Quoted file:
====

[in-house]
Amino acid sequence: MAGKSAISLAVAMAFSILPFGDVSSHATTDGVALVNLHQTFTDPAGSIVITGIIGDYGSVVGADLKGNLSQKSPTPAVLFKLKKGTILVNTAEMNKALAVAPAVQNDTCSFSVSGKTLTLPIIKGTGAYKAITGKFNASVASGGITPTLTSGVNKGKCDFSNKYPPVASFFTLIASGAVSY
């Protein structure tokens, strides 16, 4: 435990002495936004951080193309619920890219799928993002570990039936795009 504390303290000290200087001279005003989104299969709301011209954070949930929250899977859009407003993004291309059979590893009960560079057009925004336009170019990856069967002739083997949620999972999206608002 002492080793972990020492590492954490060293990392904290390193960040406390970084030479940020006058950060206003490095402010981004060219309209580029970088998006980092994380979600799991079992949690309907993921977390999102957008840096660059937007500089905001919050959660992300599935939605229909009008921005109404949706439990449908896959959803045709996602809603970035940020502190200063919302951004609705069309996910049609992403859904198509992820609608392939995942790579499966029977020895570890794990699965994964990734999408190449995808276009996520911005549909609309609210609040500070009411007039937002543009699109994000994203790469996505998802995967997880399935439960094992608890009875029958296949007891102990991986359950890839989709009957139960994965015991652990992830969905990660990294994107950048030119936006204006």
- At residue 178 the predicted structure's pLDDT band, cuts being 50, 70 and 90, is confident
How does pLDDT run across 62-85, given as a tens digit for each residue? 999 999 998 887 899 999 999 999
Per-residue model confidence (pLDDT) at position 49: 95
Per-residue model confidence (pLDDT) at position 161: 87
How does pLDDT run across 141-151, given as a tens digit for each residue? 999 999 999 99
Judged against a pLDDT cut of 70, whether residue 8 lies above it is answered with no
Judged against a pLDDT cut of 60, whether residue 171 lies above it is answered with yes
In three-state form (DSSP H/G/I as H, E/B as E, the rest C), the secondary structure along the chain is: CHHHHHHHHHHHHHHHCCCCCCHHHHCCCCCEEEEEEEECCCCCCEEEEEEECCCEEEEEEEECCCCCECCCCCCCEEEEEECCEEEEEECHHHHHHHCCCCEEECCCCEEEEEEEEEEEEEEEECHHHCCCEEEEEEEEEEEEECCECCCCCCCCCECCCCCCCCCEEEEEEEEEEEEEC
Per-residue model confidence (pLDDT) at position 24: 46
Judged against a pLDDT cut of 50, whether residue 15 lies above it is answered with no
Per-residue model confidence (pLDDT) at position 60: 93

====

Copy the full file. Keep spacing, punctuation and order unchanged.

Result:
[in-house]
Amino acid sequence: MAGKSAISLAVAMAFSILPFGDVSSHATTDGVALVNLHQTFTDPAGSIVITGIIGDYGSVVGADLKGNLSQKSPTPAVLFKLKKGTILVNTAEMNKALAVAPAVQNDTCSFSVSGKTLTLPIIKGTGAYKAITGKFNASVASGGITPTLTSGVNKGKCDFSNKYPPVASFFTLIASGAVSY
């Protein structure tokens, strides 16, 4: 435990002495936004951080193309619920890219799928993002570990039936795009 504390303290000290200087001279005003989104299969709301011209954070949930929250899977859009407003993004291309059979590893009960560079057009925004336009170019990856069967002739083997949620999972999206608002 002492080793972990020492590492954490060293990392904290390193960040406390970084030479940020006058950060206003490095402010981004060219309209580029970088998006980092994380979600799991079992949690309907993921977390999102957008840096660059937007500089905001919050959660992300599935939605229909009008921005109404949706439990449908896959959803045709996602809603970035940020502190200063919302951004609705069309996910049609992403859904198509992820609608392939995942790579499966029977020895570890794990699965994964990734999408190449995808276009996520911005549909609309609210609040500070009411007039937002543009699109994000994203790469996505998802995967997880399935439960094992608890009875029958296949007891102990991986359950890839989709009957139960994965015991652990992830969905990660990294994107950048030119936006204006």
- At residue 178 the predicted structure's pLDDT band, cuts being 50, 70 and 90, is confident
How does pLDDT run across 62-85, given as a tens digit for each residue? 999 999 998 887 899 999 999 999
Per-residue model confidence (pLDDT) at position 49: 95
Per-residue model confidence (pLDDT) at position 161: 87
How does pLDDT run across 141-151, given as a tens digit for each residue? 999 999 999 99
Judged against a pLDDT cut of 70, whether residue 8 lies above it is answered with no
Judged against a pLDDT cut of 60, whether residue 171 lies above it is answered with yes
In three-state form (DSSP H/G/I as H, E/B as E, the rest C), the secondary structure along the chain is: CHHHHHHHHHHHHHHHCCCCCCHHHHCCCCCEEEEEEEECCCCCCEEEEEEECCCEEEEEEEECCCCCECCCCCCCEEEEEECCEEEEEECHHHHHHHCCCCEEECCCCEEEEEEEEEEEEEEEECHHHCCCEEEEEEEEEEEEECCECCCCCCCCCECCCCCCCCCEEEEEEEEEEEEEC
Per-residue model confidence (pLDDT) at position 24: 46
Judged against a pLDDT cut of 50, whether residue 15 lies above it is answered with no
Per-residue model confidence (pLDDT) at position 60: 93